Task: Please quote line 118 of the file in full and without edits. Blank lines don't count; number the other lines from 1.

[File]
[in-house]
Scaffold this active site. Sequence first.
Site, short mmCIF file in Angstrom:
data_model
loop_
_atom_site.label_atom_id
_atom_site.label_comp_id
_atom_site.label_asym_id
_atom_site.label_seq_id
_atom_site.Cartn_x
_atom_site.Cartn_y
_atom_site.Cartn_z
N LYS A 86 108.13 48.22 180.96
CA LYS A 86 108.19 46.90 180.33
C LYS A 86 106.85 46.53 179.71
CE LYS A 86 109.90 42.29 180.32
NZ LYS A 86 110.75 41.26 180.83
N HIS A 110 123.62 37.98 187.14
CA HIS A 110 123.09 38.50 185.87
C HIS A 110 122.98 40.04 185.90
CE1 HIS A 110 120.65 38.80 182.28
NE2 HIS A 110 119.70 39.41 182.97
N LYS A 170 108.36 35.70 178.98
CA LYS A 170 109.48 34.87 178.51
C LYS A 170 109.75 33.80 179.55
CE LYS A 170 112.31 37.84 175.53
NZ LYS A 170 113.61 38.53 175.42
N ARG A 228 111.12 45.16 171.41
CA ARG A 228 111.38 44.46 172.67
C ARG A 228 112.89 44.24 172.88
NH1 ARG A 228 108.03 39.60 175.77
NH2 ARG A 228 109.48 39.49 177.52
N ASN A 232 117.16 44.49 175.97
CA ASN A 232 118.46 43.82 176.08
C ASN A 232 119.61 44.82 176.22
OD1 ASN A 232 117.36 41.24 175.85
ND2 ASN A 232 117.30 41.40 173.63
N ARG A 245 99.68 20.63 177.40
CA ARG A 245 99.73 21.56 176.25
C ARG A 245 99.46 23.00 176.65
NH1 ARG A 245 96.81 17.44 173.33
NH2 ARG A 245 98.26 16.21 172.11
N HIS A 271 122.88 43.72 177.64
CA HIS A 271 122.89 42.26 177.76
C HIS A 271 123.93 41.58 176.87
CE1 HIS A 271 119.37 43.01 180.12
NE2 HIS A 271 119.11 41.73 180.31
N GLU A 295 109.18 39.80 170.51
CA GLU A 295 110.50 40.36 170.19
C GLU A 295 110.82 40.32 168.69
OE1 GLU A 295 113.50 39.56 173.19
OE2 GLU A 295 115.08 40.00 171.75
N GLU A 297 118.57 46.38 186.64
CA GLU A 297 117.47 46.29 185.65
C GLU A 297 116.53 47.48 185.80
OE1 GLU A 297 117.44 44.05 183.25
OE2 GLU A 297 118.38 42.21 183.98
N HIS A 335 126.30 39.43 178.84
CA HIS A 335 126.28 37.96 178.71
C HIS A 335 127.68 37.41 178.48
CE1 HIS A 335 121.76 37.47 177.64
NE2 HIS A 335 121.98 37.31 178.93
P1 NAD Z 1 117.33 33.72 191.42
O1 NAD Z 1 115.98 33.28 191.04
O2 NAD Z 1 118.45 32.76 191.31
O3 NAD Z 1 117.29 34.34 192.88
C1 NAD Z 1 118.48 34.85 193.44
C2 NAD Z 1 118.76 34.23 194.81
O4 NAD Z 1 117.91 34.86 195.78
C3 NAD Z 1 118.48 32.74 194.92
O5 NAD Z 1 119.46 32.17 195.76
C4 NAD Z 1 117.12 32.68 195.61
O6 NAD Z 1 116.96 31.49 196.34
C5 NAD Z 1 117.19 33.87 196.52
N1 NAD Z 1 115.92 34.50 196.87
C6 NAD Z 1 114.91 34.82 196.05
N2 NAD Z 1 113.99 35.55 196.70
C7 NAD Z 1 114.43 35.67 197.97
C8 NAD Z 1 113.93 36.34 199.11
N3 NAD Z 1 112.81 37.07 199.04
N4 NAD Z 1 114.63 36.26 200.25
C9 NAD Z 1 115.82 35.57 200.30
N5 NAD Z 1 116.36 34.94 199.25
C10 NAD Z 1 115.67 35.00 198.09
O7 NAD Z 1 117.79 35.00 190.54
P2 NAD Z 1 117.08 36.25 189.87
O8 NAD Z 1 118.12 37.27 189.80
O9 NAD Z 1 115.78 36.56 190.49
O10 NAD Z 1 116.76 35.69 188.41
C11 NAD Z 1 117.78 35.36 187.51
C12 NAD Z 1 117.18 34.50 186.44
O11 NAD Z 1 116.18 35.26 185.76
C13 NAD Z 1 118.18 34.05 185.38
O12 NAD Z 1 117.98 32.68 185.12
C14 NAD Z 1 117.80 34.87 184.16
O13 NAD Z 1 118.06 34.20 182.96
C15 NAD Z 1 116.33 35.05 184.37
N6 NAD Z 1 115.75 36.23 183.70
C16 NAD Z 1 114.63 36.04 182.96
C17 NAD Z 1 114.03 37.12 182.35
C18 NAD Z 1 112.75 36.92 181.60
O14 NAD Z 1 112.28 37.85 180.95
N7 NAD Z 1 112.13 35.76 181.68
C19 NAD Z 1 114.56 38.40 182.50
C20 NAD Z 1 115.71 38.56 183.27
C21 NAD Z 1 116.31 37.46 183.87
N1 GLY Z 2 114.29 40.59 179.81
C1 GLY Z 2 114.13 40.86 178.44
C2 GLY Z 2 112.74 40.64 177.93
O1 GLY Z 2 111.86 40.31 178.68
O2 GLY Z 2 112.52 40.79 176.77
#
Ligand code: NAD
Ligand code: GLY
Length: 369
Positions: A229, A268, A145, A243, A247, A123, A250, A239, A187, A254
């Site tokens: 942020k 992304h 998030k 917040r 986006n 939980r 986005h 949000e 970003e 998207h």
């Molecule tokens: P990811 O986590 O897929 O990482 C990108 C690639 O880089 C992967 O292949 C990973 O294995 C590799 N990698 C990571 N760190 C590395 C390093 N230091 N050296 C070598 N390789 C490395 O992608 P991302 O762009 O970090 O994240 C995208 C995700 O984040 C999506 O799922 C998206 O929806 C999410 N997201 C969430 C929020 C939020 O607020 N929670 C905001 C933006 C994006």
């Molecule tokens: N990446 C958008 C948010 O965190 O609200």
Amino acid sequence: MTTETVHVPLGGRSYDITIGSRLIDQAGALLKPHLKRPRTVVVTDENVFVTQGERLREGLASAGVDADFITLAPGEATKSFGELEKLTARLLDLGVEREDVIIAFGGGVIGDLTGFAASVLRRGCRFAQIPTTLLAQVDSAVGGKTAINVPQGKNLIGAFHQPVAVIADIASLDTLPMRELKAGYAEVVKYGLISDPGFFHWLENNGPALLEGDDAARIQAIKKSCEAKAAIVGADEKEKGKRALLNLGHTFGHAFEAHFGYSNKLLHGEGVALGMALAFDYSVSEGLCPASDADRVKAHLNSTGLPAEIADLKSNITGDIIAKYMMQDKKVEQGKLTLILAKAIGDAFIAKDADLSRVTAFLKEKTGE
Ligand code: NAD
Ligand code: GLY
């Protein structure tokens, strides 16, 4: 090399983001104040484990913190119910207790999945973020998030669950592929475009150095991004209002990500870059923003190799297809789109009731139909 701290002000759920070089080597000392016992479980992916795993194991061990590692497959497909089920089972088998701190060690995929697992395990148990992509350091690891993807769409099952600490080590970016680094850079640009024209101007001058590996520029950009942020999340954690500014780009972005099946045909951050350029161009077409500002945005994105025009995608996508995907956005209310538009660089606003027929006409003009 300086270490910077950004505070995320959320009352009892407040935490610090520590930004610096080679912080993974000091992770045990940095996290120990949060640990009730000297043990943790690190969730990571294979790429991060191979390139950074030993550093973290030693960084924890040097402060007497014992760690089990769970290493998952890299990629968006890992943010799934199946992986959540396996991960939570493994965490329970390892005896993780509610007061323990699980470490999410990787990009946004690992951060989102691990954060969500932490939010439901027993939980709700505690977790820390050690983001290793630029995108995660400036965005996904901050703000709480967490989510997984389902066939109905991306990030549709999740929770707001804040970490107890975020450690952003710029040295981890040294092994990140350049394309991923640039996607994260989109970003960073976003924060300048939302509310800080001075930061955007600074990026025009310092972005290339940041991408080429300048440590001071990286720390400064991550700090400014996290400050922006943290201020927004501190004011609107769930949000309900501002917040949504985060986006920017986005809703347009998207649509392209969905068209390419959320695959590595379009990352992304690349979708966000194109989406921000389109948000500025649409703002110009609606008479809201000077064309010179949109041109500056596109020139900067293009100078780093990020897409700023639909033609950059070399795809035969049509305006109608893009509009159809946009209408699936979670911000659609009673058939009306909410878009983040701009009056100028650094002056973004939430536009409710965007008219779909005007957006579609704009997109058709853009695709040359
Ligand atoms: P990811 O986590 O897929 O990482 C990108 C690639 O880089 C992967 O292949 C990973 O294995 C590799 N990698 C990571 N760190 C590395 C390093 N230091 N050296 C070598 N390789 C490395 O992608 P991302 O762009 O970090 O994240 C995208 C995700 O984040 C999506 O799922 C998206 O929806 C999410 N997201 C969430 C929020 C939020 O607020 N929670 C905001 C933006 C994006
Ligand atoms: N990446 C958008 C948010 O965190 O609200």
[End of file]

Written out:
């Molecule tokens: P990811 O986590 O897929 O990482 C990108 C690639 O880089 C992967 O292949 C990973 O294995 C590799 N990698 C990571 N760190 C590395 C390093 N230091 N050296 C070598 N390789 C490395 O992608 P991302 O762009 O970090 O994240 C995208 C995700 O984040 C999506 O799922 C998206 O929806 C999410 N997201 C969430 C929020 C939020 O607020 N929670 C905001 C933006 C994006």